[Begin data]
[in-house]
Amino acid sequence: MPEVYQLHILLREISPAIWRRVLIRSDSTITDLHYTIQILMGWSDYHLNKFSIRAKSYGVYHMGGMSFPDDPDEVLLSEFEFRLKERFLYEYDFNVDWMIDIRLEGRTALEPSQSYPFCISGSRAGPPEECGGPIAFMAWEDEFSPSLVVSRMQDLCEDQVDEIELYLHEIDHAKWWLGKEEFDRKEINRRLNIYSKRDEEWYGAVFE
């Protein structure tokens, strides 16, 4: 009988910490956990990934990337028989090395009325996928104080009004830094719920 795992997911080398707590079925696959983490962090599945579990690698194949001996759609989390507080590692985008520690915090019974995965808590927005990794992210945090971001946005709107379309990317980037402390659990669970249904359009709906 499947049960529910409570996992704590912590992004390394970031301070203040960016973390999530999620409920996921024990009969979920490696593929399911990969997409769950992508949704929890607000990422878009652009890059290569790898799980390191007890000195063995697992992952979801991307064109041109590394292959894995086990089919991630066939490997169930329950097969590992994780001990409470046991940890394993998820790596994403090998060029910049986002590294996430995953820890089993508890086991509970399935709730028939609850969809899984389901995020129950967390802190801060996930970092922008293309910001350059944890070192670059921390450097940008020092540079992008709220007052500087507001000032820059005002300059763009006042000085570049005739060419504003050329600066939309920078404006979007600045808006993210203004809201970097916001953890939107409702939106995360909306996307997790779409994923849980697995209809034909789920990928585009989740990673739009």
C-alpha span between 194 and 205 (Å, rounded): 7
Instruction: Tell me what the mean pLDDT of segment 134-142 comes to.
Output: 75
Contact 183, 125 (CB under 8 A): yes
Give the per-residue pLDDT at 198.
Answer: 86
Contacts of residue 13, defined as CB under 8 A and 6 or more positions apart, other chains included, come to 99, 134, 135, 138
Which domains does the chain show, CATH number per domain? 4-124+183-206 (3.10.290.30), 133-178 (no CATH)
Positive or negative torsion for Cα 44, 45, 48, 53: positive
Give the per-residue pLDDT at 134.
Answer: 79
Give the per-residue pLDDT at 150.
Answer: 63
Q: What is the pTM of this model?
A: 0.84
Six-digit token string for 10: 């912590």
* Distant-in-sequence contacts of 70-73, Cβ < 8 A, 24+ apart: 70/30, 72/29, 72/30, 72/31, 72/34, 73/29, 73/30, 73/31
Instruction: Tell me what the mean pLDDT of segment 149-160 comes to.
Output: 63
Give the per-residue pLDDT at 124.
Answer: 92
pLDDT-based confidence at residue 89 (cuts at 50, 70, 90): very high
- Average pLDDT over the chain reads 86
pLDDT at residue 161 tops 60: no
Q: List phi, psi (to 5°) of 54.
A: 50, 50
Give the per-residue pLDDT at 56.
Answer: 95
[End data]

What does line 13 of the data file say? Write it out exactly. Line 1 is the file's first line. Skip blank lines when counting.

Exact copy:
Give the per-residue pLDDT at 134.